June 15, 2018

Youths embrace pope’s invitation to share thoughts about their lives and the Church

By John Shaughnessy

They spoke from the heart, just as teenagers often do when someone gives them the opportunity to share their thoughts—without being judged—about something meaningful in their lives.

In doing so, they embraced the invitation that Pope Francis presented in a letter to young people, “The Church wishes to listen to your voice, your sensitivities and your faith, even your doubts and your criticism. Make your voice heard, let it resonate in communities, and let it be heard by your shepherds of souls.”

Thirty youths from across the archdiocese accepted the pope’s invitation to respond to a survey that will contribute significantly to the Synod of Young People, the Faith and Vocational Discernment that will take place at the Vatican in October.

The synod is in response to a critical reality in the life of the Church. It’s a reality expressed in this assessment from the archdiocese’s summary of all the people in central and southern Indiana who responded to the survey, “About 25 percent of our teens and half of our young adults do not sense that our Church is adept at listening to their lived situations. This consultation process is a good step in that direction.”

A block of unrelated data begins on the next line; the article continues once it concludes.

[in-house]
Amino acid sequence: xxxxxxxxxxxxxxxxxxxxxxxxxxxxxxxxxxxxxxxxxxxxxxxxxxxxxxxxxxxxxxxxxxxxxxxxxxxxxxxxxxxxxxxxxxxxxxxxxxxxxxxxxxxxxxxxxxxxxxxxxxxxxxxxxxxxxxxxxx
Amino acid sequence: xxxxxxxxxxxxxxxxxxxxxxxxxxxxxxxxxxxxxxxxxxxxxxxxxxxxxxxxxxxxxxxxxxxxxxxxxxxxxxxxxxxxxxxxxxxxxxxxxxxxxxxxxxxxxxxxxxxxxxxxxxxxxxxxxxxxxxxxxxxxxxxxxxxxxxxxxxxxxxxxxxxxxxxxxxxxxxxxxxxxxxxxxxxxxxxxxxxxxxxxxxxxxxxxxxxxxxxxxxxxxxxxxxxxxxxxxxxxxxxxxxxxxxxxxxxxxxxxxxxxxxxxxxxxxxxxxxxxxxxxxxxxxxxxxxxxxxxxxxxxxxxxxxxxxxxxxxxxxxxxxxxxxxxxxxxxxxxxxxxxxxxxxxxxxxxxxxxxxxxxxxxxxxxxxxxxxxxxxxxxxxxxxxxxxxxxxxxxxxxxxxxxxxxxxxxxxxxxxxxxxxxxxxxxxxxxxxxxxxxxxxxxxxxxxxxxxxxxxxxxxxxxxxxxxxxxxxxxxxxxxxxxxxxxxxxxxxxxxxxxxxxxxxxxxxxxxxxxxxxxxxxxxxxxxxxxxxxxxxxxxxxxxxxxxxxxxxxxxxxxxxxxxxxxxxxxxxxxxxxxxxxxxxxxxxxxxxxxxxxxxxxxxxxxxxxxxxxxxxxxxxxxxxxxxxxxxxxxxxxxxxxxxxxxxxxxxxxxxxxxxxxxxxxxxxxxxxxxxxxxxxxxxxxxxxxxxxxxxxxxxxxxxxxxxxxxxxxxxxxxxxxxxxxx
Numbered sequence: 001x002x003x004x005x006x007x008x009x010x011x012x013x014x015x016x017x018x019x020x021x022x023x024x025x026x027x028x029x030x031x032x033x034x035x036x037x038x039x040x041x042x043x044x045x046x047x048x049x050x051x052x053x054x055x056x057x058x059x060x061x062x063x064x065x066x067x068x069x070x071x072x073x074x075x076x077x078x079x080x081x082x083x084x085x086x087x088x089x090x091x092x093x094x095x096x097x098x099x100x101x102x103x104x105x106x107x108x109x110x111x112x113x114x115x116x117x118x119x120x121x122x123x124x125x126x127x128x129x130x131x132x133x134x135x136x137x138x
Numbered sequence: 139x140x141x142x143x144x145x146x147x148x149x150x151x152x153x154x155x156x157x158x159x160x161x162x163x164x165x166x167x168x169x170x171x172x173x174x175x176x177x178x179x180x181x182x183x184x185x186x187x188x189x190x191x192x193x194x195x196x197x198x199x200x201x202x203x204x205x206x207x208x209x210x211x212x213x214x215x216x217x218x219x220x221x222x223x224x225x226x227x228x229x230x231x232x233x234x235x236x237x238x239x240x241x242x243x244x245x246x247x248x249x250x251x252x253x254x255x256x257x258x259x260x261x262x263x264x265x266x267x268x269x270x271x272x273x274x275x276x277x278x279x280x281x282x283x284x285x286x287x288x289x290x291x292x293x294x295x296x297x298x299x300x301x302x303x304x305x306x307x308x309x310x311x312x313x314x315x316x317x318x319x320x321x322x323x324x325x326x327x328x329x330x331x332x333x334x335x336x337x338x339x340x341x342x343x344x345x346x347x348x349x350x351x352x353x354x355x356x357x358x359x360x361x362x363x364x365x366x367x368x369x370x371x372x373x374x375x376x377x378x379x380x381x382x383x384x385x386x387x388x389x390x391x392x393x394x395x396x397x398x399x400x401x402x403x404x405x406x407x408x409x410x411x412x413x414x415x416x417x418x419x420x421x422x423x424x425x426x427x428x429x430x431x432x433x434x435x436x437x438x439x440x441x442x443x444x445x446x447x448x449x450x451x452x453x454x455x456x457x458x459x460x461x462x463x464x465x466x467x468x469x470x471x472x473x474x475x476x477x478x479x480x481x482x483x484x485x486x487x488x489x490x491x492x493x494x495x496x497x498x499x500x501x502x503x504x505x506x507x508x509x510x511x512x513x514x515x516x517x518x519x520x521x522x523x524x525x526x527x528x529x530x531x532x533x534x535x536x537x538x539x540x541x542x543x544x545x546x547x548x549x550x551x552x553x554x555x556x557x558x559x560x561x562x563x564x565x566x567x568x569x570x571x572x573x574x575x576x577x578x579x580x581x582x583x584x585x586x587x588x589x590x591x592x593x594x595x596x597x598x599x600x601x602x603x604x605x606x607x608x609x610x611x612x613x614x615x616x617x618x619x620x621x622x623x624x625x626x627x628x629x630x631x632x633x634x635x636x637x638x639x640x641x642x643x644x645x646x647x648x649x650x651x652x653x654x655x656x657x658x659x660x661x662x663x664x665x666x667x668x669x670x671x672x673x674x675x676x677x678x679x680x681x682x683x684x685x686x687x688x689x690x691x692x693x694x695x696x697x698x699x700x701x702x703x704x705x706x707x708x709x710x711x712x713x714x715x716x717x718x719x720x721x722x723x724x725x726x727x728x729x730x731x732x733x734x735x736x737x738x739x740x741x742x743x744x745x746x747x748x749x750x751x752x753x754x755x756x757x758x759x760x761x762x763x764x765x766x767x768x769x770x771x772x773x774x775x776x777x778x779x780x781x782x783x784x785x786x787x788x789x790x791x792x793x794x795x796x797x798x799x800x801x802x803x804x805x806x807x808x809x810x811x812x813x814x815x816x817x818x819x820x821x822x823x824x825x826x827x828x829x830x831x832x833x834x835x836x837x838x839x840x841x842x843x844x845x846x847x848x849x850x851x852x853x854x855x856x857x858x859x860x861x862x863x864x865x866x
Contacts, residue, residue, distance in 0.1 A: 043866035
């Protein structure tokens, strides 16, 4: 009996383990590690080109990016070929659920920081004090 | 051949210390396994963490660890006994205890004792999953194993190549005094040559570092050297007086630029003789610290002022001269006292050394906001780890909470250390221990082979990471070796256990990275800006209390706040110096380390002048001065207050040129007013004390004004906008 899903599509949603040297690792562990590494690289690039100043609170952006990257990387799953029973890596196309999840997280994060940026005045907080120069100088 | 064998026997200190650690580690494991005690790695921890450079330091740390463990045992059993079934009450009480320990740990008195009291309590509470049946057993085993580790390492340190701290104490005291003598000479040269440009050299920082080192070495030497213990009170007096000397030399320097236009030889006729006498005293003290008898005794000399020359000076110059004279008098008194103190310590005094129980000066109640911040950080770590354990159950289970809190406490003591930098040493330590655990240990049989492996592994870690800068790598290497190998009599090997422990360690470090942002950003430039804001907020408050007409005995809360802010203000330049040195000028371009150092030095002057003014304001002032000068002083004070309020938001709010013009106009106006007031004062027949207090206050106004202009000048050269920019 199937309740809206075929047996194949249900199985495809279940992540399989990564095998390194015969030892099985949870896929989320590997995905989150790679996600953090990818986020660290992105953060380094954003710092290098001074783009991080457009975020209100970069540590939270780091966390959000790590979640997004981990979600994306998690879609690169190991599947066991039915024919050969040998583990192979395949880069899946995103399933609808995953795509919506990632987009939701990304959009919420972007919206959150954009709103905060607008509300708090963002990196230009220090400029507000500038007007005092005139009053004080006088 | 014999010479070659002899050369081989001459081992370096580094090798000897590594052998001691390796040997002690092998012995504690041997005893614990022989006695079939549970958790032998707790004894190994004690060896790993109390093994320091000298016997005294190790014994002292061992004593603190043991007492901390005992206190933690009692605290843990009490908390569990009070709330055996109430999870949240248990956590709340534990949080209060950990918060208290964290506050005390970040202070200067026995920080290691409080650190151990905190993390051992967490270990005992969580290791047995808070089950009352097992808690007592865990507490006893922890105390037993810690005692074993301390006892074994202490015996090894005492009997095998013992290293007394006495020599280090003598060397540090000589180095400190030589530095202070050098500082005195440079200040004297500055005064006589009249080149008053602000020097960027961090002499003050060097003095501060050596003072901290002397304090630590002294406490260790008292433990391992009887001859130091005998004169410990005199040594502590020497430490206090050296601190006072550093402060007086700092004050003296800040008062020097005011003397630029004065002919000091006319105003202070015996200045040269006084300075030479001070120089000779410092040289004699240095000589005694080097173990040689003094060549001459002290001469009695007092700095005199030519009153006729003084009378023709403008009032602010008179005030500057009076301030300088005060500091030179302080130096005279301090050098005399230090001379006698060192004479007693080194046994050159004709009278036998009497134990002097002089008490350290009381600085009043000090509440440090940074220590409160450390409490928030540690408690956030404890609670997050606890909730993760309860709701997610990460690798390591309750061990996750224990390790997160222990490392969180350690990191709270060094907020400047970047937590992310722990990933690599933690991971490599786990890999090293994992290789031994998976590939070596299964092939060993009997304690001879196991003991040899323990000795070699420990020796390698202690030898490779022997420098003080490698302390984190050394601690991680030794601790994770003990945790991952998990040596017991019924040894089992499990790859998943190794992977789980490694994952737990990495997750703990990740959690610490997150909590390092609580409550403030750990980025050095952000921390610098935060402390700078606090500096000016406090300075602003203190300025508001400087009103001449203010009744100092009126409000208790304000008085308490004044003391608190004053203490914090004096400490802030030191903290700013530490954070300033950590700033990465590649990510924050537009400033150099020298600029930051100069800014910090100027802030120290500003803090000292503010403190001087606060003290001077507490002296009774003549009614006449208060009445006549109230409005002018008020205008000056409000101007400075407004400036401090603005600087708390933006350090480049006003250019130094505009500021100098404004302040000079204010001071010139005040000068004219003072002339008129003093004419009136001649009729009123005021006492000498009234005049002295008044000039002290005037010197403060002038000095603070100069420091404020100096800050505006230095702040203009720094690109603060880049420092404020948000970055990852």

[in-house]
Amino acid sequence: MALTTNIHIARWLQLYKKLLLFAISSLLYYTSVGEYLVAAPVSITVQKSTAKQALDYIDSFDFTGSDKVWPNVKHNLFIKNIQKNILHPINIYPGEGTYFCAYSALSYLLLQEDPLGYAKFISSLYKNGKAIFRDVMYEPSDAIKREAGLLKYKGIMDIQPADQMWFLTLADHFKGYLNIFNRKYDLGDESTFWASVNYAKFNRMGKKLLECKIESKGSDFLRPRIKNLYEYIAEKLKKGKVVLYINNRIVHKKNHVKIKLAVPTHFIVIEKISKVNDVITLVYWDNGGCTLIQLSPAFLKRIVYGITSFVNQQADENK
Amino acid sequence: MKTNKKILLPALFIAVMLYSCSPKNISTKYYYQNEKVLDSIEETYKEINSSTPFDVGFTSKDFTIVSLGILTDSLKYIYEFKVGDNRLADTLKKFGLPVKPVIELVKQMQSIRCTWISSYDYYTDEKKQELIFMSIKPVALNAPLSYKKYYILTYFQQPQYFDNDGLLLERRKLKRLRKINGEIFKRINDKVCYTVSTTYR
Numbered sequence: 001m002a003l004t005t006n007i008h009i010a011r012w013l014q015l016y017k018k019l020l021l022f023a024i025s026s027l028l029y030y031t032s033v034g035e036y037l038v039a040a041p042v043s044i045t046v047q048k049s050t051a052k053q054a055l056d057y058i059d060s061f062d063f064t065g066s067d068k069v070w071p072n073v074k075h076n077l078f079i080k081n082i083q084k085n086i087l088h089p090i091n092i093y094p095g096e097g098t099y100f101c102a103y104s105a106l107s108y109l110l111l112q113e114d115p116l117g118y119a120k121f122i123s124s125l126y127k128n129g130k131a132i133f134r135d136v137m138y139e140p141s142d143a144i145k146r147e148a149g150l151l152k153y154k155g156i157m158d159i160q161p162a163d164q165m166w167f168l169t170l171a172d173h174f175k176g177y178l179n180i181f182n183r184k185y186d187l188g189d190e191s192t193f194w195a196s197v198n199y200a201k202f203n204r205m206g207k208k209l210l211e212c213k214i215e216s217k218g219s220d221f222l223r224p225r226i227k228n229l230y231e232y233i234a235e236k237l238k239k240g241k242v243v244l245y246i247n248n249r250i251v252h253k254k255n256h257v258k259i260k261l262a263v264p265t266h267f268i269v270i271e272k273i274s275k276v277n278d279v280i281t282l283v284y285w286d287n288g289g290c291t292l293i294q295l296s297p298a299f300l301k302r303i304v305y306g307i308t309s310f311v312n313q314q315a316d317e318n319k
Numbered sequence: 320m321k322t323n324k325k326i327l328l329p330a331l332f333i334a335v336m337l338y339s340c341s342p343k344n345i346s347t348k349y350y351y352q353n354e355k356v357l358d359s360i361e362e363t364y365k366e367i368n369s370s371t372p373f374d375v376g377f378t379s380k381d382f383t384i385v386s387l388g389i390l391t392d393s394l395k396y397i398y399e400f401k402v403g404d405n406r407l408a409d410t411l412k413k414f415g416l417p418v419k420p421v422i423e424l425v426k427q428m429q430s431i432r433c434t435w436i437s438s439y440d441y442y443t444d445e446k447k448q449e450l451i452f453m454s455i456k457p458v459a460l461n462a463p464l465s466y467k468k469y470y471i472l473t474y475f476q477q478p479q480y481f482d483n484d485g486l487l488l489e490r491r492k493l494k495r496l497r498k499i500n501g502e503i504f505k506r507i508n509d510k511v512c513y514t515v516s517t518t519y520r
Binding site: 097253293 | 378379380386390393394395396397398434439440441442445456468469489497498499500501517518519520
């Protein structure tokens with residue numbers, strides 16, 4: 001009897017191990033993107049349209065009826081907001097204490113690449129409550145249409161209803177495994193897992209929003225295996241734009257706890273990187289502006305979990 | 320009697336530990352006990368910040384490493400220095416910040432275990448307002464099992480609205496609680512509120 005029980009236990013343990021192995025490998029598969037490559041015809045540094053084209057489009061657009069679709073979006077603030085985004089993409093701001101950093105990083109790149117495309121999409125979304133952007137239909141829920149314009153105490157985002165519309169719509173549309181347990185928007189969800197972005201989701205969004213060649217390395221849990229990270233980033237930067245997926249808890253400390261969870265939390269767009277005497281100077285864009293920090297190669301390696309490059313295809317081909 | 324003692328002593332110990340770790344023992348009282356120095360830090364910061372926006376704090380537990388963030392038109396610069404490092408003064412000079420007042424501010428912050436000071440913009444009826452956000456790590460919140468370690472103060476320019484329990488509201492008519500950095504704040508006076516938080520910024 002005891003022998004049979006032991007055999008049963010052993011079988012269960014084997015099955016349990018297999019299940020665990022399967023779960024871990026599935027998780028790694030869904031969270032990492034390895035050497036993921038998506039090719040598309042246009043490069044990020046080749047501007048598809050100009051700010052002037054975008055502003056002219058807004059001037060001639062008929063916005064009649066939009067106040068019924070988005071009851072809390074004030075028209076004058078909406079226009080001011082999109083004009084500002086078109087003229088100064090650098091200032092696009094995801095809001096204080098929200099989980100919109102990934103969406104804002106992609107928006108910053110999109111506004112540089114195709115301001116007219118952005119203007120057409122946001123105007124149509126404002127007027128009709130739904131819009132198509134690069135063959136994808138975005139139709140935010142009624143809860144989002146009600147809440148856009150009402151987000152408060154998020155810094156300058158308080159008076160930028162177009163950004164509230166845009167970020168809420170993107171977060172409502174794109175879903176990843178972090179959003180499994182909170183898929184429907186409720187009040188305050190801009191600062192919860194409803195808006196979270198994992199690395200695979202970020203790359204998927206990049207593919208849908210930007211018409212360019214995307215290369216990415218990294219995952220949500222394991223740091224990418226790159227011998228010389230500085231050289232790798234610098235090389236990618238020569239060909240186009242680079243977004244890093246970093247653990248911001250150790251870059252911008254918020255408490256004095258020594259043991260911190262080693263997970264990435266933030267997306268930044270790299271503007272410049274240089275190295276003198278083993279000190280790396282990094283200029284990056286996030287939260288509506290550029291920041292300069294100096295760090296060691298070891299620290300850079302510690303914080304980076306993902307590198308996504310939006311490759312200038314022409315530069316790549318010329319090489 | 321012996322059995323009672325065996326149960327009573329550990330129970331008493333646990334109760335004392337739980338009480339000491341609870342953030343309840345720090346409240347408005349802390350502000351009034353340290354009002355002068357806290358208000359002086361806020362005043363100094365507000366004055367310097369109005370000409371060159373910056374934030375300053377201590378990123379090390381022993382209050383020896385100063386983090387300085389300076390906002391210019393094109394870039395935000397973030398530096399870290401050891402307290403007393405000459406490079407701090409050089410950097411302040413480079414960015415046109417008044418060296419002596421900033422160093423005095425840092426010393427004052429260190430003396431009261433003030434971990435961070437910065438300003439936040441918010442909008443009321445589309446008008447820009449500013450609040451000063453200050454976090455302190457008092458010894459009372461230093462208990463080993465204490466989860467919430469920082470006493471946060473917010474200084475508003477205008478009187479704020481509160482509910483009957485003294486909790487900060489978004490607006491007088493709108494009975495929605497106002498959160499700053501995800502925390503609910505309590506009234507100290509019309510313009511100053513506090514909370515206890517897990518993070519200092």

As the synod nears, The Criterion is sharing some of the feedback that was provided by youths and young adults who answered the survey. Today, we share thoughts and insights from the 30 youths who responded, feedback that was heartfelt and honest, including these individual thoughts for Pope Francis:

• “The youth of the world have something to say, and will speak up if listened to. We have ideas. We have new perspectives. We have faith in God. But we also have some issues with the Church that we believe must be resolved.

“Acceptance is key when communicating with youth, as this is a time in our lives where we are finally figuring out who we really are. Throughout this process, we crave guidance and support. Be that guidance. Be that support. Reach out to the youth of the world, and we will grasp you.”

• “The youth and teenagers of today are desperate for Truth, for beauty. They long to know Christ though they may not quite admit that completely.”

• “I have kept the faith very well through all tribulations of high school because of my parents and one grade school teacher. As a result, I think it is crucial for the Church to train its theology teachers to communicate with kids and have active conversations rather than incessantly crowding their minds with information.”

• “Do not lose the traditions, but rather show the youth how to use these amazing traditions to deepen their relationship with God and others. Allow teenagers to be teenagers, and accept that not all will stay, but rather rejoice in the few that do.

“Most importantly, do not stop trying! Youth want to be a part of the Church. The outside world is just becoming more and more tempting. Going to Mass sounds so much more boring with the modern-day church rapping next door. Do not copy them, but rather show the youth how, deep inside, the Church is cool!”

The youths also responded to a series of questions posed in the survey. Here are some of the questions and some of the youths’ responses.

What are two of the biggest life changes youth/teenagers in our area are currently facing?

• “The extreme presence of peer pressure through social media.”